Last week, another inmate of Pusat Serenti Tampin, Mohamed Nazir Nazar Alikhan, 24, lodged a police report alleging that he was psychically tortured at the Centre. He alleged that he was assaulted with canes and bamboo poles on September 28 by at least four corporals at the centre’s field and in public view on September 28 and he suffered a broken left hand and scars all over the body.
I have given to the Deputy Prime Minister, Datuk Musa Hitam, 11 names of Pusat Serenti Tampin staff, from the centre officials, army and social welfare sections, who are most guilty of committing brutalities and physical violence against the inmates.
The public want action from the authorities to ensure that Pusat Serenti Tampin ceases to be a torture chamber or death cell but a centre where drug addicts are given a second lease of life to be restored as useful and productive citizens of the country.
If the government cannot put a stop to abuses of powers in the Pusat Serenti Tampin, how would the people entrust more powers to the Government, although it is for a good cause – to check and eliminate the drug menace?
The Select Committee should look into this aspect with great thoroughness, because public confidence and support in the government’s anti-drug campaign hangs on the trustworthy use of government powers, and the ability to stamp out abuses of power swiftly and effectively.
I have come across a case where an innocent person was framed up by police personnel, who were working in cahoots with his personal enemies, by charging him of being a drug pedlar by the simple method of putting packets of drugs in his car when the police were searching his car.
This person was detained for two months and subsequently released. This case was reported to me, but as he was subsequently released, I did not pursue the matter. But the question we must ask is what safeguards are there to prevent abuses of power whereby innocent people could be framed?
I note that most of the police personnel, getting to quite high ranks, were disciplined in this frame-up case.
I have said that the DAP fully supports the national campaign against the drug menace and we will participate in the Select Committee being set up today.
I wish here to bring up a matter of principle. By all established parliamentary conventions, before the appointments are made with regard to parliamentary committees, the Party leadership concerned must be consulted and its consent sought. In this case, the DAP parliamentary leadership was never consulted or our consent sought with regard to the DAP MP to sit on the Select Committee.
I say this not because the DAP is opposed to Sdr. Lee Lam Thye sitting on the Select Committee. In fact, we believe he can make useful contributions to the Select committee’s deliberations.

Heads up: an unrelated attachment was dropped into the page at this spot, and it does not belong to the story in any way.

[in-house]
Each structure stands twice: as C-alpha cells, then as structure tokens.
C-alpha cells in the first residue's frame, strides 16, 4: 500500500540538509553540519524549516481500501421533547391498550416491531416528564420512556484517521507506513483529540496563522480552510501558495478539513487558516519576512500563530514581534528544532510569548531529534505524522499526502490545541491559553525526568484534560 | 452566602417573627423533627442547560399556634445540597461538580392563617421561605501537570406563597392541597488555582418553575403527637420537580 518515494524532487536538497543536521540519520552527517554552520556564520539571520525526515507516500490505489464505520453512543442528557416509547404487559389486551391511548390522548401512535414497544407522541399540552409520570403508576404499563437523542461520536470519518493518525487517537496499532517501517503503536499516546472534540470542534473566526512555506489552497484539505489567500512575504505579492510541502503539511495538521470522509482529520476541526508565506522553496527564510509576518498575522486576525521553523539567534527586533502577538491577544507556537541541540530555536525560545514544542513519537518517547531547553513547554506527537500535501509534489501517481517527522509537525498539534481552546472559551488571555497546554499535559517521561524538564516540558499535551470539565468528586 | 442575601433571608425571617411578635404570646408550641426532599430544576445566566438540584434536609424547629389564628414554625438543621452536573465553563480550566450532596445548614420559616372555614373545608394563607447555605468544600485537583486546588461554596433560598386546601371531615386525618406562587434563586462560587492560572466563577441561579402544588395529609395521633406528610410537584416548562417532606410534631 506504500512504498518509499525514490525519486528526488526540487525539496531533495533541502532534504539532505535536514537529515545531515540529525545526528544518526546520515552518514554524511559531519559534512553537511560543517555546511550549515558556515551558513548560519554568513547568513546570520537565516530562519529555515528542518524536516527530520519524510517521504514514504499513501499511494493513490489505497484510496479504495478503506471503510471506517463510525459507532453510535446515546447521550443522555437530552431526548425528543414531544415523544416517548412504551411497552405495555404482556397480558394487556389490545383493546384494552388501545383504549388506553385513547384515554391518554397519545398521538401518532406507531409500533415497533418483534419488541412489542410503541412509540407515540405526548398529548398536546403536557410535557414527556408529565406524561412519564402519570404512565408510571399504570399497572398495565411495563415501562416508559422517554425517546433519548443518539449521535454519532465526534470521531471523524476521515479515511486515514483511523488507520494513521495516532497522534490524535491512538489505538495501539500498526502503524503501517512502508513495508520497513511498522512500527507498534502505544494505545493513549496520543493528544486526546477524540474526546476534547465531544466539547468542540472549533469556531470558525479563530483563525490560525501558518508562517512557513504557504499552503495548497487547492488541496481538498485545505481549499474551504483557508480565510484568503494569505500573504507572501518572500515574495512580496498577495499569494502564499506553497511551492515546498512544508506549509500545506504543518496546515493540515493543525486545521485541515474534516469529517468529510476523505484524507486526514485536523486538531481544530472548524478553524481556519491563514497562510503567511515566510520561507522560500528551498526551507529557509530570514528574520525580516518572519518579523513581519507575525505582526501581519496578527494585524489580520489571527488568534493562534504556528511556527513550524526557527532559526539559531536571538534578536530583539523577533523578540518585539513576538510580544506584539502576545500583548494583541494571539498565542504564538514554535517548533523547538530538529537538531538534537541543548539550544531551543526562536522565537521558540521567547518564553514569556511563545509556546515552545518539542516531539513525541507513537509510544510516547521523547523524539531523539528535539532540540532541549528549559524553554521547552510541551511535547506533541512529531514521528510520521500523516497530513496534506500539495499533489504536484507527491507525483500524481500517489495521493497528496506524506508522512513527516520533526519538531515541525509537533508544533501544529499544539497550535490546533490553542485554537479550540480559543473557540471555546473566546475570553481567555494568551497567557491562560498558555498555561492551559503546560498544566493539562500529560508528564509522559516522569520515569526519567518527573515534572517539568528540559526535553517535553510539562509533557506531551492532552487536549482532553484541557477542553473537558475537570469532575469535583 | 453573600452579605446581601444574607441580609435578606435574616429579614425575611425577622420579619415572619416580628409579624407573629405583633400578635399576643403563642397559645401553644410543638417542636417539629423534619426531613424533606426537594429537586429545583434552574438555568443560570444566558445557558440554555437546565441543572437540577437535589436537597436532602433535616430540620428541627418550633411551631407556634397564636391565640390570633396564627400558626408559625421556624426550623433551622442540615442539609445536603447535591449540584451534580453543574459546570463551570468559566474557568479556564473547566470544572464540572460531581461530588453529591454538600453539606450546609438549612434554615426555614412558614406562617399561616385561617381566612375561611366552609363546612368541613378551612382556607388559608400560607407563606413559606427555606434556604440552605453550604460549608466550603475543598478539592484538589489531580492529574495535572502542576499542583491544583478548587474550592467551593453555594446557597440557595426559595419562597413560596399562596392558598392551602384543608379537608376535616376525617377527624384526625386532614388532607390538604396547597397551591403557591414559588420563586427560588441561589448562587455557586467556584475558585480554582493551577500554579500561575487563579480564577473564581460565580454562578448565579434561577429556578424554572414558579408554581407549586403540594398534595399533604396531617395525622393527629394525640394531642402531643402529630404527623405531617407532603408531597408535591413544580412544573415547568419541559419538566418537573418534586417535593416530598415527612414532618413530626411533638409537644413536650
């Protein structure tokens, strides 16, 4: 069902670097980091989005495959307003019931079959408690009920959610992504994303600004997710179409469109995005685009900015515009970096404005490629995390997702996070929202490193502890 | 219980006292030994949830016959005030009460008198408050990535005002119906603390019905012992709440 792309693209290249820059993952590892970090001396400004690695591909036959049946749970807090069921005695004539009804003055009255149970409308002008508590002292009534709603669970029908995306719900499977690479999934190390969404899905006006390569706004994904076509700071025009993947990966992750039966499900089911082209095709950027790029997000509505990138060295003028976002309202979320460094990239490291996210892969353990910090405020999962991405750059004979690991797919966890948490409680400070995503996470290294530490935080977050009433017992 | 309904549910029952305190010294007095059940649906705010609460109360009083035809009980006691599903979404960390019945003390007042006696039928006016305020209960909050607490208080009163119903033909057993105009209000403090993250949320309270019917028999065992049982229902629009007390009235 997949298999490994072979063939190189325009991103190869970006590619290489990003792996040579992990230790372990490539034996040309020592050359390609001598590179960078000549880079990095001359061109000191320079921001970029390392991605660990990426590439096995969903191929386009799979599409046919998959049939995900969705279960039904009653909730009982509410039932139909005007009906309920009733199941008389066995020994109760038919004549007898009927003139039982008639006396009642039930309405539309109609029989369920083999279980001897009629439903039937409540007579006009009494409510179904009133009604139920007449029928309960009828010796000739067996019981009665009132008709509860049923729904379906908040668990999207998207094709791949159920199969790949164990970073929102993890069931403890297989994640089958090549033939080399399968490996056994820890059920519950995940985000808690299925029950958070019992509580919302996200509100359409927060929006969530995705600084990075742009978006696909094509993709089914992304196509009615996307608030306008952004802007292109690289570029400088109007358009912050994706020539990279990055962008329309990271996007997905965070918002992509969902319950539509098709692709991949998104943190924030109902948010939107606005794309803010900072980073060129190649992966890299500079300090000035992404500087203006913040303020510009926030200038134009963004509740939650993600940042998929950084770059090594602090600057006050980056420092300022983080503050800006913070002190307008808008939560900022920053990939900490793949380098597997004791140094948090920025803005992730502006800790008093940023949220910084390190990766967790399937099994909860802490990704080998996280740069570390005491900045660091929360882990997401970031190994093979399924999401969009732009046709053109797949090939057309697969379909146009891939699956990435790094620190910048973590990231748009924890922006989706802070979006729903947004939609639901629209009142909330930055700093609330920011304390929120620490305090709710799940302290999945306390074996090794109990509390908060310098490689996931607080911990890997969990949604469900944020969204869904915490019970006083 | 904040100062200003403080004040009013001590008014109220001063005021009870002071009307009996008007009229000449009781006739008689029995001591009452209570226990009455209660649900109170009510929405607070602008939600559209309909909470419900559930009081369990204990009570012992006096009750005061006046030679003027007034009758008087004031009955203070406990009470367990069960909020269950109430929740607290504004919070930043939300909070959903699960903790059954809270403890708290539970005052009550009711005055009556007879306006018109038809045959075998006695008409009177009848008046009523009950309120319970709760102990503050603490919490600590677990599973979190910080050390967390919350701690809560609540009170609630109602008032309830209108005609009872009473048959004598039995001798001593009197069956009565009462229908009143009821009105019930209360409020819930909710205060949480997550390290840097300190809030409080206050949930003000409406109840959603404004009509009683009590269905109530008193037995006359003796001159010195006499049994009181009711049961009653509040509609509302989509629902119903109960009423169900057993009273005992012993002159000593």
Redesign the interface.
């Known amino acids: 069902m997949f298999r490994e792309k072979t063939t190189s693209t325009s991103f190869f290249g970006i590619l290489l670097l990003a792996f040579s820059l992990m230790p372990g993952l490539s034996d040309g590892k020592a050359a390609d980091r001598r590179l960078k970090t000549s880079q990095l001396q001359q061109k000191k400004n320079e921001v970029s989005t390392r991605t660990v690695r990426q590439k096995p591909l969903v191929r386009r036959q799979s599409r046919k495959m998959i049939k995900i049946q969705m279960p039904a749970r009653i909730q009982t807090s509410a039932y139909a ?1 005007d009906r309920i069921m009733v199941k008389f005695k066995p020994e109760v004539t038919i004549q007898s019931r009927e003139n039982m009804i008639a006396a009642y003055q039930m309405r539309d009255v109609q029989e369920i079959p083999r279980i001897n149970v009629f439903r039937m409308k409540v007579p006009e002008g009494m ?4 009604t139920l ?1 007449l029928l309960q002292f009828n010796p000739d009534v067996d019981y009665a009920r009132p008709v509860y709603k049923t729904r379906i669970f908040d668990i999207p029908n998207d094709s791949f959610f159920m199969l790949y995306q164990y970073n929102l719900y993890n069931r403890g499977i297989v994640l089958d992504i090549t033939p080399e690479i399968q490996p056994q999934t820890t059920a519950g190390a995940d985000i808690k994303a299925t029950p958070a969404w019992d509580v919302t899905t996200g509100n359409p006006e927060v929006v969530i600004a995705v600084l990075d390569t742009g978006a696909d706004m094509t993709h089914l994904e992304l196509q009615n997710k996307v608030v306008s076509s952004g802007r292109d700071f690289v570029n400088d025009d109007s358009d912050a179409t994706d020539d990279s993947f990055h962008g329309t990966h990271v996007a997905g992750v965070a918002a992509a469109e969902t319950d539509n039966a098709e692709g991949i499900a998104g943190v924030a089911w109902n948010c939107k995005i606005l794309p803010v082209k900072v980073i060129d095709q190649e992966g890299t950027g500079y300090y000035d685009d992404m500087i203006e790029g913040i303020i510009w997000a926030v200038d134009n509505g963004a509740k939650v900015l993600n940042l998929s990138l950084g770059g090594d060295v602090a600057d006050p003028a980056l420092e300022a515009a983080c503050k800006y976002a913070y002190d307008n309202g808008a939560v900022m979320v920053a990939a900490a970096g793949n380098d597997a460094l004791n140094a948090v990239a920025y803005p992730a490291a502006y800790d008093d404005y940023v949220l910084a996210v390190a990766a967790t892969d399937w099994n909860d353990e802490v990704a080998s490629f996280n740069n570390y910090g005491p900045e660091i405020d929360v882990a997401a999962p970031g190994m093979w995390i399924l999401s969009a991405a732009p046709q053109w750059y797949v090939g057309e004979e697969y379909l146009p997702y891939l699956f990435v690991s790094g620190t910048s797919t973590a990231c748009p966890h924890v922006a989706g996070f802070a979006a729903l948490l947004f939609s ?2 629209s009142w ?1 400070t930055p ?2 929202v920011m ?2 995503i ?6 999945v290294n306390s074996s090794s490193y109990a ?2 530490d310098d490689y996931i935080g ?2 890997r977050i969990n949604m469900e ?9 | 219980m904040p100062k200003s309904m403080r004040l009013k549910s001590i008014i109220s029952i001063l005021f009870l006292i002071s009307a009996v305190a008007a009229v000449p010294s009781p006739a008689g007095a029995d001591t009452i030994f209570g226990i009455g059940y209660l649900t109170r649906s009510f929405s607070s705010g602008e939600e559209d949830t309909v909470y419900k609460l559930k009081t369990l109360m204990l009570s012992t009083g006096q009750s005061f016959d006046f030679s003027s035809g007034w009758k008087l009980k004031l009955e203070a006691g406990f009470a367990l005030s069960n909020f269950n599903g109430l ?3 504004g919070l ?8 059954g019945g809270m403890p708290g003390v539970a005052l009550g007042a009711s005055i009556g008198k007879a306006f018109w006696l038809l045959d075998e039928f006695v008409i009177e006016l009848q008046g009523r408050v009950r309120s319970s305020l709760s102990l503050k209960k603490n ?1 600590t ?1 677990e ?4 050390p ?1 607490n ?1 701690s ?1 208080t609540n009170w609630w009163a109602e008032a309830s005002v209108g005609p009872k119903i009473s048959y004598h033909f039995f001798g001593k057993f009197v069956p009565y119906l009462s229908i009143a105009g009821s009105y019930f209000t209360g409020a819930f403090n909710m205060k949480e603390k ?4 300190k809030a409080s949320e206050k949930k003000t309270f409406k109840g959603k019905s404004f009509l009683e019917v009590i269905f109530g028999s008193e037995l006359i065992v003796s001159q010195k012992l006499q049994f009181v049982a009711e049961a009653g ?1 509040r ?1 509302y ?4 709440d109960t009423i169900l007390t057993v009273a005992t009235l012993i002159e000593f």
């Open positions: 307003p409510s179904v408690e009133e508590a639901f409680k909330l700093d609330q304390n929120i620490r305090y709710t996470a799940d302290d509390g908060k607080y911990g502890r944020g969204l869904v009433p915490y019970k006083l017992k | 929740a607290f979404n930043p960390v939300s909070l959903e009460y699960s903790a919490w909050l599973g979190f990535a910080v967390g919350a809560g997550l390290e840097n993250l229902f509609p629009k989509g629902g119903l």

But we cannot agree or allow the ruling parties to go behind the back of the DAP parliamentary leadership to make decisions with regard to DAP MP appointments to various Parliamentary committees or delegations, for we do not want the ruling parties to ‘play politics’, to use this as an instrument to cause division in the DAP Parliamentary group.
Everybody knows that for quite some time, the Barisan MPs and government had been trying to create the impression that there is a great split between Lim Kit Siang and Lee Lam Thye, and even in today’s New Straits Times report about the Select Committee appointments, there is a suggestion that Sdr. Lee Lam Thye was appointed to the Select Committee because he is more acceptable to the ruling parties. If this was the basis of the appointment, then it was not bona fide, but made mala fide with the intention of creating divisions and splits in DAP ranks.
Probably, there are those who want to see the DAP split up and riven with internal divisions in the way that UMNO, MCA, Gerakan had been riven with internal divisions, and this is their way of trying to achieve their objective.
This is very sad, for it shows that there are people who would want to play politics even on a matter as serious as the drugs menace in Malaysia.
I call on the Government leadership to respect parliamentary conventions and norms and to consult the DAP Parliamentary leadership on appointments of DAP MPs to Parliamentary committees or delegations. If in future, this parliamentary convention is not observed, then much as we want to contribute to Parliamentary deliberations, we will have no choice but to reject such appointments.
To demonstrate our grave concern about the drugs menace, and our co-operative rather than confrontationist attitude, we will go along with the Select committee appointments this time. I hope the ruling parties will observe in future the basic parliamentary courtesies and decencies vis-a-vis party to enable Parliamentary work to be carried out smoothly.
(Speech by Parliament Opposition Leader, DAP Secretary-General and MP for Kota Melaka, Lim Kit Siang in Dewan Rakyat on the establishment of a Select Committee on the Dangerous Drugs (Special Preventive Measures) Bill 1984 on October 17, 1984)